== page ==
8. Chicagoans assist in hurricane relief
Ten PAWS Chicago volunteers realized they were part of something bigger when they traveled to Houston September 1-3 to rescue 43 of the sickest dogs and cats from its municipal shelter to make room for others displaced by Hurricane Harvey. Once inside the state of Texas, other motorists pulled up alongside their PAWS-labeled van and honked their horns in approval. People at gas stations offered them spontaneous donations and restaurant patrons bought them dinner.
The volunteers were at the municipal shelter on the first day it opened for hurricane victims to relinquish their pets. Mark Lukas told StreetWise that when they saw people who barely had enough to care for themselves, whose possessions were crammed into their cars, they learned to be less judgmental.
Soon afterward, PAWS responded to Hurricane Irma by meeting volunteers from a Gainesville, FL shelter to pick up 40 kittens, and to bring them back to the PAWS medical center in Little Village. Representatives of Houston's municipal shelter later drove halfway to Chicago with more pets; PAWS Chicago representatives met them and continued on to the Medical Center in Little Village.
On September 20, Category 5 Hurricane Maria hit Puerto Rico and knocked out the power grid, cellphone towers and the banking system.
Chicago Mayor Rahm Emanuel sent firefighters, paramedics and engineers as well as defibrillators and communications equipment; U.S. Rep. Luis Gutierrez (D-Chicago) and Rainbow PUSH also sent aid. Chicago Boricua Resistance said delays in getting relief supplies - food, water and fuel - to the island were costing lives. In addition, Chicago Boricua officials said, the storm damage on top of Puerto Rico’s $75 billion debt left it open to financiers who would seek to buy infrastructure cheaply and privatize it.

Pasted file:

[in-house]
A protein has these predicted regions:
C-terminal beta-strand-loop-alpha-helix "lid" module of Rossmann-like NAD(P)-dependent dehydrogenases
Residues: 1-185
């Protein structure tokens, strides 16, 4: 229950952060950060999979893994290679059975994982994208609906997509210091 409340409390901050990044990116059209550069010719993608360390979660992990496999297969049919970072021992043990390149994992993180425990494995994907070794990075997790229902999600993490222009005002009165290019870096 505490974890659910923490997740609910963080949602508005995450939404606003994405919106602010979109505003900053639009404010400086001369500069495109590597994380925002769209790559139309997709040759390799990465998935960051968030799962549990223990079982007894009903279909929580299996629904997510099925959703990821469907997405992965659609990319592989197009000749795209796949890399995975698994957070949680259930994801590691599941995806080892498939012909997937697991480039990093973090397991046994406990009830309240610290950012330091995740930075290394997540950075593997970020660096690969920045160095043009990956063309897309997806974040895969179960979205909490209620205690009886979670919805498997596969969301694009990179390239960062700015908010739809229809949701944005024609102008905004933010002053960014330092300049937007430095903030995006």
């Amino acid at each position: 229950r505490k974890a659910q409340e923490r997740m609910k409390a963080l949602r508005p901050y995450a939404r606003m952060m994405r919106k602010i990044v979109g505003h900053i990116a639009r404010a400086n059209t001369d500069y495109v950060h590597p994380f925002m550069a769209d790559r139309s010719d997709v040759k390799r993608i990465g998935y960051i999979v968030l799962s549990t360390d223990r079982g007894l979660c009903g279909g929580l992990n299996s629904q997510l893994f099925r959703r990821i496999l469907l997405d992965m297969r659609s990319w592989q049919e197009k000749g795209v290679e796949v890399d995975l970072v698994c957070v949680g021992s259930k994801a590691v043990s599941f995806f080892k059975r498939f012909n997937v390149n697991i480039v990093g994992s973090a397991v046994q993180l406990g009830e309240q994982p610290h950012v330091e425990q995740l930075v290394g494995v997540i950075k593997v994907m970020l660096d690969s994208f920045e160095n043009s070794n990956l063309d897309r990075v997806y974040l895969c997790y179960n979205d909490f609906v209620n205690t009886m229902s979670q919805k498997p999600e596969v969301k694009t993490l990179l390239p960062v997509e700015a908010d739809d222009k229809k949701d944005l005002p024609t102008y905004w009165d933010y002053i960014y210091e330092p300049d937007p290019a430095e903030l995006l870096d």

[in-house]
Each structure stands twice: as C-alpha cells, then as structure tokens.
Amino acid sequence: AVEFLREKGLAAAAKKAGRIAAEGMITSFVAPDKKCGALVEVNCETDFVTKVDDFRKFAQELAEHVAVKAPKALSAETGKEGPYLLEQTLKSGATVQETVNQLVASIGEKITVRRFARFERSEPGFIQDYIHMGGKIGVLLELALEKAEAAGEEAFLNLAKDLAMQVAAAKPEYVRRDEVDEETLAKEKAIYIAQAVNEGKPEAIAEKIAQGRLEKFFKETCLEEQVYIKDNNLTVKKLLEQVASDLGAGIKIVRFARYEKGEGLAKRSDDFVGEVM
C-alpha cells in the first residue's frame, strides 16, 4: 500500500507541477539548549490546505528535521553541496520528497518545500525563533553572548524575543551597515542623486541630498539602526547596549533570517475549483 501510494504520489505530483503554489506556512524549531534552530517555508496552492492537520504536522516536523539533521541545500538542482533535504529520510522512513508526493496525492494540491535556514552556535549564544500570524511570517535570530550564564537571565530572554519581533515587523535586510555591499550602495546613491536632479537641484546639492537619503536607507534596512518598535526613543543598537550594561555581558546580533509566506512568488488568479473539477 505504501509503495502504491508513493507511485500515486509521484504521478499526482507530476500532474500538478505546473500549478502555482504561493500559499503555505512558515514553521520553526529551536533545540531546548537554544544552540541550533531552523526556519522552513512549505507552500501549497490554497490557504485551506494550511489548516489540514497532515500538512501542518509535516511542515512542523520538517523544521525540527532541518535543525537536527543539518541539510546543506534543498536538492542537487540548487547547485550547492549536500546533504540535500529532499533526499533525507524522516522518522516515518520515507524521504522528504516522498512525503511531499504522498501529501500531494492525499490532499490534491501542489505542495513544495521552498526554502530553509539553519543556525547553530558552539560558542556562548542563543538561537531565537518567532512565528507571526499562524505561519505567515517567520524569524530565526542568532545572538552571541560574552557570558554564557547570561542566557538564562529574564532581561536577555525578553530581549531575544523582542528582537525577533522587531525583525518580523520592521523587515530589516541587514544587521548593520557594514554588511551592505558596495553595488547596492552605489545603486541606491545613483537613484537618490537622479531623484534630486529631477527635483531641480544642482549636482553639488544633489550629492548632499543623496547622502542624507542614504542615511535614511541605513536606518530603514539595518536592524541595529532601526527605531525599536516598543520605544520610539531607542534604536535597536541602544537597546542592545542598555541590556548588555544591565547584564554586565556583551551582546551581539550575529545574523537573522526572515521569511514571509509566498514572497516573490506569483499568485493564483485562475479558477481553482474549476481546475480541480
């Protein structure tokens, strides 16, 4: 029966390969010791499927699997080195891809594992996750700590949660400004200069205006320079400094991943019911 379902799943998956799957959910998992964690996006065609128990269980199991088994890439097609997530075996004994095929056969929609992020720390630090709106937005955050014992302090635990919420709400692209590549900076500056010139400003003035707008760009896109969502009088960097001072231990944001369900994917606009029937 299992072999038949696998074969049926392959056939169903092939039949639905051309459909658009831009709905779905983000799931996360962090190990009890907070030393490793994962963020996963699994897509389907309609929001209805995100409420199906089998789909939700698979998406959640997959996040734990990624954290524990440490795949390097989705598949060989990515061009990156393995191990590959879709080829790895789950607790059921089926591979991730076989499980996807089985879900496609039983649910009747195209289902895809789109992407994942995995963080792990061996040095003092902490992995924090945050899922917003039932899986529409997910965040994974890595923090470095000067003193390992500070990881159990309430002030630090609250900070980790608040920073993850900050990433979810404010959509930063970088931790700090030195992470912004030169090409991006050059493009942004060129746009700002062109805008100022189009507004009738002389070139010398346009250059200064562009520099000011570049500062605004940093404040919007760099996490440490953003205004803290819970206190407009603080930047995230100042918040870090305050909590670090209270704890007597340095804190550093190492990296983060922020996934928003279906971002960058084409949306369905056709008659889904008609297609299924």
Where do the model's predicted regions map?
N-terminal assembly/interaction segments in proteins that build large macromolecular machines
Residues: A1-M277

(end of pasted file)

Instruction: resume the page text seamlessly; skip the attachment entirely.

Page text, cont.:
7. Debate heats up over Full Circle's Jefferson Park Development
(February 27 - March 5)
A mixed-income development with 100 units of housing just two blocks from the Jefferson Park transit center on the CTA Blue Line raised passions both “pro” and “con.”
Full Circle Communities in February announced a seven-story, L-shaped building at 5150 N. Northwest Highway with 80 percent affordable units and the remainder market rate. The 100 units would include studios, one, two, and three bedroom apartments at $300 to $1900 a month. Each would have a balcony and condo-quality finishes.
“It will mean the world to countless families to see mixed-income housing created in such an opportunity-rich area on the Northwest Side,” said Leah Levinger, executive director of the Chicago Housing Initiative. Of the 100 units, 60 would be available to households earning up to 60 percent of Area Median Income (AMI) or $46,140 for a family of four. Among these would be 20 units for veterans and families in the Chicago Housing Authority’s “Moving to Work” program. Another 20 units would be affordable to people earning 30 percent of AMI, such as disabled renters and veterans.
However, the proposed building would be just one block from a neighborhood of single-family homes, and its density sparked face-to-face clashes at a February 9 information meeting and in City Council hearings before the building’s approval. Neighborhood residents also balked at its CHA connections, which led to charges of racism by advocates.